Greens call for 35-hour working week
TT/The Local · 16 May 2010, 13:48
Published: 16 May 2010 13:48 GMT+02:00
The party’s governing board had left the issue vague, arguing only for a shorter working week, but delegates in attendance pushed through a concrete proposal to limit the amount of time spent at work.
Board member openly opposed the move in a debate preceding the vote, arguing the cost to the exchequer would be excessive and would undermine further investments in the welfare system.
But the party’s dual spokespersons, Peter Eriksson and Maria Wetterstrand, rejected the notion that the vote represented a defeat for the party leadership.
“It’s exactly what we’ve proposed and the only question is why we didn’t include it in the first place,” said Wetterstrand.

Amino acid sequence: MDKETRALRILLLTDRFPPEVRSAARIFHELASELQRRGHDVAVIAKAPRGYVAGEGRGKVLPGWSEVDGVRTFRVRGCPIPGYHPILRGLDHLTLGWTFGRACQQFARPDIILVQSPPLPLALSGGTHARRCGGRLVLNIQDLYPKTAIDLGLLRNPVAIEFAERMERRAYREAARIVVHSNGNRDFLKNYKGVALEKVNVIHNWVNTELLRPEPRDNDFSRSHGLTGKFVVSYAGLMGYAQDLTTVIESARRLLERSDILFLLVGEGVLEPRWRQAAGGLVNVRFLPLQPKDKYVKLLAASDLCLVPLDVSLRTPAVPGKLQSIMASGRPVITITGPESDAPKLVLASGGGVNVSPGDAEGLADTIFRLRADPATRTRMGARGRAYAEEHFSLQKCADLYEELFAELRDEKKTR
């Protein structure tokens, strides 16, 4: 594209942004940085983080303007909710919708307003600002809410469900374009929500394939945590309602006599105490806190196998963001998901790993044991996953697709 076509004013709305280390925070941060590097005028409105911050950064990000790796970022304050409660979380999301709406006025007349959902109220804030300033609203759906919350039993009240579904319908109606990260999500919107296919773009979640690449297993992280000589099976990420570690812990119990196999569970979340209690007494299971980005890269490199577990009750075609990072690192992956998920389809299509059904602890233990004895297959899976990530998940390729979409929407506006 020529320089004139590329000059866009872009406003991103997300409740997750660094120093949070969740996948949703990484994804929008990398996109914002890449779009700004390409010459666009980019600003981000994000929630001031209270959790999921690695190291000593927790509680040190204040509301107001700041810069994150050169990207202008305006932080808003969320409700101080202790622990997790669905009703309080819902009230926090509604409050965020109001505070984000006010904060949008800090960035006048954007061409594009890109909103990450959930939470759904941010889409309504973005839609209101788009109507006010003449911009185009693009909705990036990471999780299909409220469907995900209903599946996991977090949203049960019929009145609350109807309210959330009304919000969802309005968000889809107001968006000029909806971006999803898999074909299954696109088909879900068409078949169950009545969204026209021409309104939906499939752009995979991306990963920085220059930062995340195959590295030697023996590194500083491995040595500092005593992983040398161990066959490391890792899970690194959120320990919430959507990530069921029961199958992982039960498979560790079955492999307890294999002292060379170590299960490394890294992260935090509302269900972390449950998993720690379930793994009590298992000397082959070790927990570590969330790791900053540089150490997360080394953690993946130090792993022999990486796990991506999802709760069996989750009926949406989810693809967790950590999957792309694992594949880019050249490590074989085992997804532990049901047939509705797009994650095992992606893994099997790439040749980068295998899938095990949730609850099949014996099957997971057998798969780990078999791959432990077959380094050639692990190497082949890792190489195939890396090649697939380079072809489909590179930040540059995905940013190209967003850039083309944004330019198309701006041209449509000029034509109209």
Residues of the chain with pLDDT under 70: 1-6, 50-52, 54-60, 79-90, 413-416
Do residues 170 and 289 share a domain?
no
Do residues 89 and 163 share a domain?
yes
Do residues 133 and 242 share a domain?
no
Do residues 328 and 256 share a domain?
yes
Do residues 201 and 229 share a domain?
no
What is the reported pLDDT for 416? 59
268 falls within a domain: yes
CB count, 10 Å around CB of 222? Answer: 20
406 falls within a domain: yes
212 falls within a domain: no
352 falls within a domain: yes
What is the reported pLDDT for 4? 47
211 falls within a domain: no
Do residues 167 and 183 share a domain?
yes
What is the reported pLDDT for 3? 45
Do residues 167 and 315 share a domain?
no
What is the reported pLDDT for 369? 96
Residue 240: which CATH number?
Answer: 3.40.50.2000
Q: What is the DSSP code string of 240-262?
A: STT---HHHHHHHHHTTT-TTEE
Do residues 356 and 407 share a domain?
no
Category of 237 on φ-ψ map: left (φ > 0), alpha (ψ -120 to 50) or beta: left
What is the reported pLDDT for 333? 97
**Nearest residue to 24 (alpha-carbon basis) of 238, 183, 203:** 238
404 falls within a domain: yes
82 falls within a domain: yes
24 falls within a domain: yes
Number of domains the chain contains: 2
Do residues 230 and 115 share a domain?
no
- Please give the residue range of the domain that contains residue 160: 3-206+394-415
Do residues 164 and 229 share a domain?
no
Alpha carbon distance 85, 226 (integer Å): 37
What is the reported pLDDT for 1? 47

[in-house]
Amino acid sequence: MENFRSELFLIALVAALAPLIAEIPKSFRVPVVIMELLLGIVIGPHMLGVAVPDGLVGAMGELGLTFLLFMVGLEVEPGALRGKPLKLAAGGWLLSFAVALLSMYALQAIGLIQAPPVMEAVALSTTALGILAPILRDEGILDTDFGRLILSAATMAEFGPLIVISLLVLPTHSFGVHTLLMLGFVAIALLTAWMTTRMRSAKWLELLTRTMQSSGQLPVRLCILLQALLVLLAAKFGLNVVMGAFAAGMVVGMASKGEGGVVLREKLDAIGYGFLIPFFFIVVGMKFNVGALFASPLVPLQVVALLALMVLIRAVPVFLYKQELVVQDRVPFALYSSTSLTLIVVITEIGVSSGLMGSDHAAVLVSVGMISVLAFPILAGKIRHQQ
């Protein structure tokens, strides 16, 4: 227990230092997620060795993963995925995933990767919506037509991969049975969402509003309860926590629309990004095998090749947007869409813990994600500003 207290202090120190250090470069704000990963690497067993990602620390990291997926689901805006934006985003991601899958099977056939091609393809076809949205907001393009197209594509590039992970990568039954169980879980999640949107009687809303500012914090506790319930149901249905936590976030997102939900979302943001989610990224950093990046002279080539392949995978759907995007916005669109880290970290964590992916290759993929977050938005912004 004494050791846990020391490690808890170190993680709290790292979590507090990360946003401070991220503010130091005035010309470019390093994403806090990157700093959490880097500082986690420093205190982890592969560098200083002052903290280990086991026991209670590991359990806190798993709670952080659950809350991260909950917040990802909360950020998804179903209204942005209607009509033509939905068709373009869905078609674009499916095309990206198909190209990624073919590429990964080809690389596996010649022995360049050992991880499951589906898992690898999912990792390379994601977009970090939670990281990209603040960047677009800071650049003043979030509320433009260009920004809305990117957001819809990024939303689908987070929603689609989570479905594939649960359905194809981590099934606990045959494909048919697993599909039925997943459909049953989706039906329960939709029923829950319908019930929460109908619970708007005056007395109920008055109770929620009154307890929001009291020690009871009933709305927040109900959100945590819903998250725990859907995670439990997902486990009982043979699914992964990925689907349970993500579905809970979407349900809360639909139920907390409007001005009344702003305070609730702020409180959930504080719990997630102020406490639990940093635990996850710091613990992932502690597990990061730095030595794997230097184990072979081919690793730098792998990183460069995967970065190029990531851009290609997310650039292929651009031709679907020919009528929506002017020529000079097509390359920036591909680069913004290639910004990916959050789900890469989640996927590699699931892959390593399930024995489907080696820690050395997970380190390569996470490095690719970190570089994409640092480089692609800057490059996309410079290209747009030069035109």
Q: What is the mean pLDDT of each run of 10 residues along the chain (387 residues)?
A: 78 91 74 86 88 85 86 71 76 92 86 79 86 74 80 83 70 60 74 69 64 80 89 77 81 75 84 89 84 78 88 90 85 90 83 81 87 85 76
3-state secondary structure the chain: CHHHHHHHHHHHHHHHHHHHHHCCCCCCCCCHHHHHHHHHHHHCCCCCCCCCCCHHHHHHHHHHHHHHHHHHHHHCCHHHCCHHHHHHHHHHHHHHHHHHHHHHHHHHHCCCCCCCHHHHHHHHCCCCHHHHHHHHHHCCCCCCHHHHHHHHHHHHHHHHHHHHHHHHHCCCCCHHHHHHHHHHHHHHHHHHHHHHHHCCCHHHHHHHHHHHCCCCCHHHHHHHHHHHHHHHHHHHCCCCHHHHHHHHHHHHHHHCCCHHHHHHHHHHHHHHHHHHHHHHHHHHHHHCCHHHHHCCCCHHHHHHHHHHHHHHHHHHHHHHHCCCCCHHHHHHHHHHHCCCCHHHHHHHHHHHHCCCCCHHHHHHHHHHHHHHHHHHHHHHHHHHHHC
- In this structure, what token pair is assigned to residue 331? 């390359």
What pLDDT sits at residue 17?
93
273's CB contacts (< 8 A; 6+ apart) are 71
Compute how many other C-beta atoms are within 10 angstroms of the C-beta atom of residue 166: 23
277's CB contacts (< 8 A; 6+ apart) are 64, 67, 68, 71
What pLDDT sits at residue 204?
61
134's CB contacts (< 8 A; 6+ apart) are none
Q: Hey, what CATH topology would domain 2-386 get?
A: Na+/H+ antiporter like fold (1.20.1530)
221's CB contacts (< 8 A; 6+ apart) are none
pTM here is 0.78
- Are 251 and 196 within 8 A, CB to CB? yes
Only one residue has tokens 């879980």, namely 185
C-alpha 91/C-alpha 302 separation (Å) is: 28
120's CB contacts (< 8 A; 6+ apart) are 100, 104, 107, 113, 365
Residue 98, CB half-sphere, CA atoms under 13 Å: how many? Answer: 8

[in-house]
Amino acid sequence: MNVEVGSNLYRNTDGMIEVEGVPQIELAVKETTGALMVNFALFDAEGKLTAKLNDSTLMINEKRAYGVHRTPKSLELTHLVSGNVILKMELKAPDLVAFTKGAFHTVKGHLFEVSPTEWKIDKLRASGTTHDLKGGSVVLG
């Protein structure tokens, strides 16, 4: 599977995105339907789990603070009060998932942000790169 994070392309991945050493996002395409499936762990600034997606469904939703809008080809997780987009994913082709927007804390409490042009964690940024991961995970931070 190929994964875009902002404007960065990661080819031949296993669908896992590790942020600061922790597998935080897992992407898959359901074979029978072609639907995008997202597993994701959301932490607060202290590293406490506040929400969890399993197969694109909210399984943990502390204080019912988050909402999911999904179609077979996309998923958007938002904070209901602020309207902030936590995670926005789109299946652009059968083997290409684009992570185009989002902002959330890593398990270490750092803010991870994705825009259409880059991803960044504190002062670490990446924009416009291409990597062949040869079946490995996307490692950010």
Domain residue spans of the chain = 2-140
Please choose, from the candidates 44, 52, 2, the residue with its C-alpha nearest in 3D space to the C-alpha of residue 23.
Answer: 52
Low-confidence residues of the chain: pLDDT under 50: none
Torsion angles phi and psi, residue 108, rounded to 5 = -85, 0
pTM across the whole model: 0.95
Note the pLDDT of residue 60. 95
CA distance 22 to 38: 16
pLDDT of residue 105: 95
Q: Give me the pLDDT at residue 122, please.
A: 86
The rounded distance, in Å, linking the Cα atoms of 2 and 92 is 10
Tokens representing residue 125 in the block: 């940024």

By way of explanation for the omission, she added that calls for a 35-hour working week could seem unclear in light of the fact that the party's long-term goal remains to legislate for a 30-hour working week.
Wetterstrand also underlined that the first step in the proposed reform would provide support for parents with young children wishing to cut their working hours on a temporary basis.
The party also voted in favour of introducing an amnesty for illegal immigrants, reiterated its opposition to joining the eurozone, and called for the EU to become more democratic and less centralized.
With the Greens seeking to form a coalition government with the Social Democrats and the Left Party, the heads of both coalition partners put in an appearance at the congress on Sunday morning.
Social Democrat leader Mona Sahlin received a standing ovation when she and Left Party chief Lars Ohly took to the stage in Uppsala.
“When I look at our congress, yours, and the Left Party’s, I see hope for the future, belief in the future and willpower And we dare to say what we want ahead of the election,” said Sahlin.